What are TFrames, and how are they useful?

By: Christopher Moeller

Abstract: Using a TFrame to create your own specialized "control panels."

Question:

Is it possible to group sets of controls together as a single component?

Answer:

Yes, through the use of TFrames.

If you going to be arranging sets of similar controls for your application(s), you may wish to consider using a TFrame to create a "component template."  A TFrame is like a TForm in that it is a container for other controls.  In this way, you may drag and drop all of the controls that you wish to use onto the TFrame.  As an added feature, however, you may then store the TFrame into the Component Palette.  Then, when you wish to utilize your new component, you may drag and drop the "bundle" of controls, now represented as a single icon in the Component Palette, on any particular Form.  The controls may be edited once the TFrame is dropped onto a TForm and may be nested in either TForms or other TFrames.  In addition, after a TFrame is created and saved, it continues to function as a unit and inherits changes from the components (including other frames) it contains. Also, an embedded TFrame continues to inherit changes made to the frame from which it is derived.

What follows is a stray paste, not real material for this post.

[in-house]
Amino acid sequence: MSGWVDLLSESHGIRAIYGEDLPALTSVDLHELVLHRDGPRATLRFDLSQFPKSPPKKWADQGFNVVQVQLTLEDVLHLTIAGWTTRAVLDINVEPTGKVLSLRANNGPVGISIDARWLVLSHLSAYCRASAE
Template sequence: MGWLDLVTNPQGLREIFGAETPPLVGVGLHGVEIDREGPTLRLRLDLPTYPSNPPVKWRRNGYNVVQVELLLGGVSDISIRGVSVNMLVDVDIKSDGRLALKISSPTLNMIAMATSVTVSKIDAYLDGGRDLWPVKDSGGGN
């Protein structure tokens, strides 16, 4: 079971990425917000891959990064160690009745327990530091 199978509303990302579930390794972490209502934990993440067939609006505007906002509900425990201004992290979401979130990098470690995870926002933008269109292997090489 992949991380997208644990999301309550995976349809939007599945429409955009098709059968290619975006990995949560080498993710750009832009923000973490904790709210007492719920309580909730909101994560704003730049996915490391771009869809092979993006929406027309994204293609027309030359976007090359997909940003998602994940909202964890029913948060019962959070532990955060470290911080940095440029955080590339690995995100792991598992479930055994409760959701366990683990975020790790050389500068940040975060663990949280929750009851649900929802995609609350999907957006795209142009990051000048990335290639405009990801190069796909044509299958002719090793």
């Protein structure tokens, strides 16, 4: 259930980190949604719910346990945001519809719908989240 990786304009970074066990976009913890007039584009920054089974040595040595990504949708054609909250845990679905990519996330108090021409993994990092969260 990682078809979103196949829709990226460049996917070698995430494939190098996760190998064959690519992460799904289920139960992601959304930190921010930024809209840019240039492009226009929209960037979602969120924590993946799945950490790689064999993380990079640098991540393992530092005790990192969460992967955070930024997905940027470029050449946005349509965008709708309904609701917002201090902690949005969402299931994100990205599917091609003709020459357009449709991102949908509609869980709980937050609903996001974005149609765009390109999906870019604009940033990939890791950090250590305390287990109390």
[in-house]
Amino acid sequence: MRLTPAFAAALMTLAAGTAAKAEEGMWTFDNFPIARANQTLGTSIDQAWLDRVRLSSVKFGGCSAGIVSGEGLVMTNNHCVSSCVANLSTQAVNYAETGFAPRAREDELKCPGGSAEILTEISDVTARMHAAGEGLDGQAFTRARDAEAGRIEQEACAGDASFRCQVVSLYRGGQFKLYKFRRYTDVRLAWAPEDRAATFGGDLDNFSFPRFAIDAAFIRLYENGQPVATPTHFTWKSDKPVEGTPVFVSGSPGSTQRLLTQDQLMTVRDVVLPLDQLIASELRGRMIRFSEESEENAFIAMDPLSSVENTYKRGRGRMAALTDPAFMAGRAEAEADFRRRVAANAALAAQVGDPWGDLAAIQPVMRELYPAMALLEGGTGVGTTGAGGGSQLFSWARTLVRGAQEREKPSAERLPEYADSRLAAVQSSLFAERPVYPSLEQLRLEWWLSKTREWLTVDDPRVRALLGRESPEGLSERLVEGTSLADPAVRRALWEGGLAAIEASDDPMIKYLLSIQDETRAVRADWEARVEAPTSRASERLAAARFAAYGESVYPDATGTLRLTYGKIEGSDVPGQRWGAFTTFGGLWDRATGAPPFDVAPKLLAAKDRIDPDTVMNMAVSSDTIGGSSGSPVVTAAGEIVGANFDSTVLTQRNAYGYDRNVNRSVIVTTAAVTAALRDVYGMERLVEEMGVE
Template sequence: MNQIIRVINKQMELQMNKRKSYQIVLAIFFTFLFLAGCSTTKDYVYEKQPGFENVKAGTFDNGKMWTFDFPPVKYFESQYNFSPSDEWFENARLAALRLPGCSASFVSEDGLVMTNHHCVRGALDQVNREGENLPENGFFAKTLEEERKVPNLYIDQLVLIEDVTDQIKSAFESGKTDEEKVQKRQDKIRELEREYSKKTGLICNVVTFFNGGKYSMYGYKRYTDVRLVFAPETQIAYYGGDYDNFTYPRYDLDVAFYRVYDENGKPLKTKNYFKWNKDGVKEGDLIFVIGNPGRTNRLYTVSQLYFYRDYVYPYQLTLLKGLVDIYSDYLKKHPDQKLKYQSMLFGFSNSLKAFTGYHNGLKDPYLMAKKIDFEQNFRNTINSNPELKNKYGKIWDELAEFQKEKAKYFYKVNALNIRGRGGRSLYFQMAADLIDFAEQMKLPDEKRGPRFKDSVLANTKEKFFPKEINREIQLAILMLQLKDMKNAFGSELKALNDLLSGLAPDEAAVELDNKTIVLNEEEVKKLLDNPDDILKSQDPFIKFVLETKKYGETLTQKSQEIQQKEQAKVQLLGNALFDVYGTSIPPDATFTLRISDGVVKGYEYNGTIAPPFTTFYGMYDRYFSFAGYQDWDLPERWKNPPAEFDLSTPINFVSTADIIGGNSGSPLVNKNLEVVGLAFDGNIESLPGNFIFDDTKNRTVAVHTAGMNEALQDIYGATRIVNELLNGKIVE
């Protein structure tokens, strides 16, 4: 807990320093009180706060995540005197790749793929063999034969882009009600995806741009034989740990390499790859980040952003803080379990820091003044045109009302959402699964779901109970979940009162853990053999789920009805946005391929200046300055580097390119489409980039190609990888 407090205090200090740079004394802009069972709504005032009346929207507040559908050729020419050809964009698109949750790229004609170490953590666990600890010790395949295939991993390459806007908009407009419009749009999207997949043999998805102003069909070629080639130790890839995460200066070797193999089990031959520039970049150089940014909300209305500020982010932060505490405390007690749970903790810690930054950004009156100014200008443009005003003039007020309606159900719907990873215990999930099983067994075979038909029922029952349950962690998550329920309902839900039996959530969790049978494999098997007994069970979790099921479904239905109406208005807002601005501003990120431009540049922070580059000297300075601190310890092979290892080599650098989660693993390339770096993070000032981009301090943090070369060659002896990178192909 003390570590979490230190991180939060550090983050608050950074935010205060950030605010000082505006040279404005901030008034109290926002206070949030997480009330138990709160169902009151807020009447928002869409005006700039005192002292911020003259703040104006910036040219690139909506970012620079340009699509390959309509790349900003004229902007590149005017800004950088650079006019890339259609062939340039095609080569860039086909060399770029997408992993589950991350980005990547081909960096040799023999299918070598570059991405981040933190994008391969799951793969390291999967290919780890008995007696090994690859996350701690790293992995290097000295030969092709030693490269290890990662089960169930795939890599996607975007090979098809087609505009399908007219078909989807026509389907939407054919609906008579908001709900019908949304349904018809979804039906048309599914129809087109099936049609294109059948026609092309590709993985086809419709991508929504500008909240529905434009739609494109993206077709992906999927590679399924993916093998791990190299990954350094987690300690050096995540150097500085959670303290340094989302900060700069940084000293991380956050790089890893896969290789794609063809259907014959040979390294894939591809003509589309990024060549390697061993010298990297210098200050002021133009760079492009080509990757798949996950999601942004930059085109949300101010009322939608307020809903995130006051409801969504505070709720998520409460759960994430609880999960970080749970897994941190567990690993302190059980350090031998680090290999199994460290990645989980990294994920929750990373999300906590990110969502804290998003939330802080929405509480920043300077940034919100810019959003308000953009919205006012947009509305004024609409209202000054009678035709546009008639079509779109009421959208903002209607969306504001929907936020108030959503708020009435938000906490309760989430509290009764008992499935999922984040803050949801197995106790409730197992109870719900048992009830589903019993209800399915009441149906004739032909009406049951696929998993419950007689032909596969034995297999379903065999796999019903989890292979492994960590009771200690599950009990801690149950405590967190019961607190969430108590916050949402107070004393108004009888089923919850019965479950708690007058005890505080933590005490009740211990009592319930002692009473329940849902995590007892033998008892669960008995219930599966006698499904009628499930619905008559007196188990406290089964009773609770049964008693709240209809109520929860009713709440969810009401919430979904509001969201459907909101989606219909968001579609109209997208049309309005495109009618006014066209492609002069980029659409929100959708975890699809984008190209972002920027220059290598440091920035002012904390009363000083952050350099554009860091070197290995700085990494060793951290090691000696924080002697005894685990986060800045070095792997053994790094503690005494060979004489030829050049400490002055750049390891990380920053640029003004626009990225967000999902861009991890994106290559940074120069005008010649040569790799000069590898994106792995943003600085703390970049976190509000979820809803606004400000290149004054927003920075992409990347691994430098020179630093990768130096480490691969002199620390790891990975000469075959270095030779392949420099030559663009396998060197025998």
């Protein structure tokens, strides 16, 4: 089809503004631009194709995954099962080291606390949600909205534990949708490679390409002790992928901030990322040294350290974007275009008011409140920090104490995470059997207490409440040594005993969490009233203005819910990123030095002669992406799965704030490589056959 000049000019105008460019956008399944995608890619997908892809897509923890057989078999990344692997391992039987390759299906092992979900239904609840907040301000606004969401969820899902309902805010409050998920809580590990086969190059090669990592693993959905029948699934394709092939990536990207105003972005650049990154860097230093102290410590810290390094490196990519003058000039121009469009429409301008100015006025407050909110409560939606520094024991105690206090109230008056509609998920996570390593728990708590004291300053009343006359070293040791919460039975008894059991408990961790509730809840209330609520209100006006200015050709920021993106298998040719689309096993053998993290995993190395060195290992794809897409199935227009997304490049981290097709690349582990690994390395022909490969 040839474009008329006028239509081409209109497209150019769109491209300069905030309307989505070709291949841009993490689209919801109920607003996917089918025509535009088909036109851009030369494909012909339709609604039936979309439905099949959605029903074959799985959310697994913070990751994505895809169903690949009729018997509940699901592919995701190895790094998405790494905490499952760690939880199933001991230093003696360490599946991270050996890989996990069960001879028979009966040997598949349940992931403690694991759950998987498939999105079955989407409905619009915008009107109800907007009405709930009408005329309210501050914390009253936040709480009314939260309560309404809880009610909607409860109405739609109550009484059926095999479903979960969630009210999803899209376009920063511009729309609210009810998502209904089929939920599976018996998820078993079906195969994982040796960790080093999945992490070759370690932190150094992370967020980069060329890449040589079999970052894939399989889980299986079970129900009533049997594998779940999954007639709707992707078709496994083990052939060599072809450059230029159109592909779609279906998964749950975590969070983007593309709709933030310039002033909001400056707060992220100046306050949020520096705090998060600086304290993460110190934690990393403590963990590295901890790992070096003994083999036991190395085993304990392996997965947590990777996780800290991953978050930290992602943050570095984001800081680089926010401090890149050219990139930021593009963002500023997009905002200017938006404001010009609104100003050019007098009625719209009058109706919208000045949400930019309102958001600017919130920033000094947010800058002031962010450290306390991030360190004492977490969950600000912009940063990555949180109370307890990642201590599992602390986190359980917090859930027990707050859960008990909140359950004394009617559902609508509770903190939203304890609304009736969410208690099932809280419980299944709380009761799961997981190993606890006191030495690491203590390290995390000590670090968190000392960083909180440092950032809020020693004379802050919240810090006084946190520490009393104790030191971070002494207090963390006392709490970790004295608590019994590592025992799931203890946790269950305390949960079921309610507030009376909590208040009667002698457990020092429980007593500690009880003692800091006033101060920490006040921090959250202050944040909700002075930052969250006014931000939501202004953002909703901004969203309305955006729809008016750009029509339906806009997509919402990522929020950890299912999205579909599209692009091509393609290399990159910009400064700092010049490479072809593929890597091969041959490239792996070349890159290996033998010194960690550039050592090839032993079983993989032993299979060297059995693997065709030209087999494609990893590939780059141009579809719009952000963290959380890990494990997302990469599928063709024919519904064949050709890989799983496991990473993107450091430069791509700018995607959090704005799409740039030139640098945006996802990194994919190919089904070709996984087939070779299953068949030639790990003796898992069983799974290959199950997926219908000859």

Here is an example:

-File  |  Close All
-File  |  New Frame
-Drop buttons, edit boxes, etc. on the TFrame
-File  |  Save Project
-Right-click on the TFrame
-Choose "Add to Palette"
-Select a name and palette page (e.g. Samples)
-Click OK
-Notice that the new component is now found in the Component Palette, and may be dropped to a TForm or TFrame


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